3. A stroke; a touch.

This was a cast of Woods politics.

4. Motion or turn of the eye; direction, look or glance; a squinting.

Thy let you see by one cast of the eye.

5. A throw of dice; hence, a state of chance or hazard.

It is an even cast, whether the army should march this way or that way.

Hence the phrase, the last cast, is used to denote that all is ventured on one throw, or one effort.

6. Form; shape.

A heroic poem in another cast.

7. A tinge; a slight coloring, or slight degree of a color; as a cast of green. Hence, a slight alteration in external appearance.

The native hue of resolution is sicklied oer with the pale cast of thought. Shak.

8. Manner; air; mien; as, a peculiar cast of countenance. This sense implies, the turn or manner of throwing; as, the neat cast f verse.

9. A flight; a number of hawks let go at once.

10. A small statue of bronze.

11. Among founders, a tube of wax, fitted into a mold, to give shape to metal.

12. A cylindrical piece of brass or copper, slit in two lengthwise, to form a canal or conduit, in a mold, for conveying metal.

13. Among plumbers, a little brazen funnel, at one end of a mold, for casting pipes without sodering, by means of which the melted metal is poured into the mold.

14. A breed, race, lineage, kind, sort.

15. In Hindoostan, a tribe or class of the same rank or profession; as the cast of Bramins, or priests; of rajahs, or princes; of choutres, or artificers; and of parias, or poor people. Or according to some writers, of Bramins; of cuttery, or soldiers; of shuddery, or merchants; and of wyse, or mechanics.

The four casts of the Hindoos are the Brahmins or sacred order; the Chechteres or soldiers and rulers; the Bice, Vaissya, or husbandmen and merchants; and the Sooders, Sudras, or laborers and mechanics.

16. A trick.



Evolution (or devolution) of this word [cast]

1828 Webster1844 Webster1913 Webster

CAST, v.t. pret. And pp. cast.

1. To throw, fling or send; that is, to drive from, by force, as from the hand, or from an engine.

Hagar cast the child under a shrub. Gen. 21.

Uzziah prepared slings to cast stones. 2 Ch. 26.

2. To sow; to scatter seed.

If a man should cast seen into the ground. Mark 4.

3. To drive or impel by violence.

A mighty west wind cast the locusts into the sea. Ex. 10.

4. To shed or throw off; as, trees cast their fruit; a serpent casts his skin.

5. To throw or let fall; as, to cast anchor. Hence, to east anchor is to moor, as a ship, the effect of casting the anchor.

6. To throw, as dice or lots; as, to cast lots.

7. To throw on the ground, as in wrestling.

8. To throw away, as worthless.

His carcase was cast in the way. 1 Kings 13.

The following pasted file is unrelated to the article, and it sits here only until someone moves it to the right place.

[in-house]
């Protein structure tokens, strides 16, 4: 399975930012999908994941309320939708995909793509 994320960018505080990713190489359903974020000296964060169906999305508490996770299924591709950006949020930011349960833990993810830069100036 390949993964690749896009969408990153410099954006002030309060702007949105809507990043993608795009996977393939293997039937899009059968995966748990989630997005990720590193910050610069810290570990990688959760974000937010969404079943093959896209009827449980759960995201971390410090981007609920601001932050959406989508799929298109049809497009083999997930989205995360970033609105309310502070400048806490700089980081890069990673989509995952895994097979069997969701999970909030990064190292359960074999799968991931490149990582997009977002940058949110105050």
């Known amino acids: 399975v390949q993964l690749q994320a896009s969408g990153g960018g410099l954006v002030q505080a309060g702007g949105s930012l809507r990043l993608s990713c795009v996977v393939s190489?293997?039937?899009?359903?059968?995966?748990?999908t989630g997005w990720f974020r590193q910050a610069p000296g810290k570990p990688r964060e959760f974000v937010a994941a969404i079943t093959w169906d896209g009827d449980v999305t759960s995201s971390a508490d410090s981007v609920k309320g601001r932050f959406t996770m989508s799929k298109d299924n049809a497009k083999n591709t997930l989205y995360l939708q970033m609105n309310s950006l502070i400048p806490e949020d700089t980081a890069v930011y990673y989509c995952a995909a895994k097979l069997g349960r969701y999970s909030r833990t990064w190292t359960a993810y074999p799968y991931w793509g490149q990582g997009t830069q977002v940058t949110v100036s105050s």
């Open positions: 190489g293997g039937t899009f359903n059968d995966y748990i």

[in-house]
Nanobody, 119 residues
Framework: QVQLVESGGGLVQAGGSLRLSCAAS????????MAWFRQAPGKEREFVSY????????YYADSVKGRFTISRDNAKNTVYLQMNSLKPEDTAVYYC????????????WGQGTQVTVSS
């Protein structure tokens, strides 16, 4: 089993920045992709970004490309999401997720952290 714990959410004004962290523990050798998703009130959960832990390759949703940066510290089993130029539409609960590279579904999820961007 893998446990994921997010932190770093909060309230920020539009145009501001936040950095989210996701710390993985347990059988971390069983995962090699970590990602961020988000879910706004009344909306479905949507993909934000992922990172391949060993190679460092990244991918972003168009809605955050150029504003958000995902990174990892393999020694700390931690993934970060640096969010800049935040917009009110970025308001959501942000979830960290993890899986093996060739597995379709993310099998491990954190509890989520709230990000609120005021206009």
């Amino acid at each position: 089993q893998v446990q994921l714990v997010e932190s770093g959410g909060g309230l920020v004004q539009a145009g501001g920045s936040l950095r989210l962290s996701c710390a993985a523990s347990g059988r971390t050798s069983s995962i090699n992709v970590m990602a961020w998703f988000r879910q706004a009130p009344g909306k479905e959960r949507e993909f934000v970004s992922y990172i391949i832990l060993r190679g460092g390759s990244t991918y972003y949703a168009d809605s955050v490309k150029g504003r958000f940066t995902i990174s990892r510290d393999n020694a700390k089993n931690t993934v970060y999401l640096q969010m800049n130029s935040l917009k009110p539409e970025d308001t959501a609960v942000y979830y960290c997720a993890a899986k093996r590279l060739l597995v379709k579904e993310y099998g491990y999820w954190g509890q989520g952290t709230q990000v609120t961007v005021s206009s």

9. To emit or throw out.

This casts a sulphurous smell.

10. To throw, to extend, as a trench or rampart, including the sense of digging, raising, or forming.

Thy enemies shall cast a trench about thee. Luke 19.

11. To thrust; as, to cast into prison.

12. To put, or set, in a particular state.

Both chariot and horse were cast into a dead sleep. Ps. 76.

13. To condemn; to convict; as a criminal.

Both tried and both were cast.

14. To overcome in a civil suit, or in any contest of strength or skill; as, to cast the defendant or an antagonist.

15. To cashier or discard.

16. To lay aside, as unfit for use; to reject; as a garment.

17. To make to preponderate; to throw into one scale, for the purpose of giving it superior weight; to decide by a vote that gives a superiority in numbers; as, to cast the balance in ones favor; a casting vote or voice.

18. To throw together several particulars, to find the sum; as, to cast accounts. Hence, to throw together circumstances and facts, to find the result; to compute; to reckon; to calculate; as, to cast the event of war.

To cast and see how many things there are which a man cannot do himself.

19. To contrive; to plan.

20. To judge, or to consider, in order to judge.

21. To fix, or distribute the parts of a play among the actors.

22. To throw, as the sight; to direct, or turn, as the eye; to glance; as, to cast a look, or glance, or the eye.

23. To found; to form into a particular shape, by pouring liquid metal into a mold; to run; as, to cast cannon.

Thou shalt cast four rings of gold for it. Ex. 25.

24. Figuratively, to shape; to form by a model.

25. To communicate; to spread over; as, to cast a luster upon posterity; to cast splendor upon actions, or light upon a subject.

To cast aside, to dismiss or reject as useless or inconvenient.

To cast away, to reject. Lev. 26. Is. 5. Rom. 11. Also, to throw away; to lavish or waste by profusion; to turn to no use; as, to cast away life.

Also, to wreck, as a ship.

To cast by, to reject; to dismiss or discard with neglect or hate, or as useless.

To cast down, to throw down; to deject or depress the mind.

Why art thou cast down, O my soul. Ps. 42.

To cast forth, to throw out, or eject, as from an inclosed place; to emit, or send abroad; to exhale.

To cast off, to discard or reject; to drive away; to put off; to put away; to disburden. Among huntsmen, to leave behind, as dogs; to set loose, or free. Among seamen, to loose, or untie.

To cast out, to send forth; to reject or turn out; to throw out, as words; to speak or give vent to.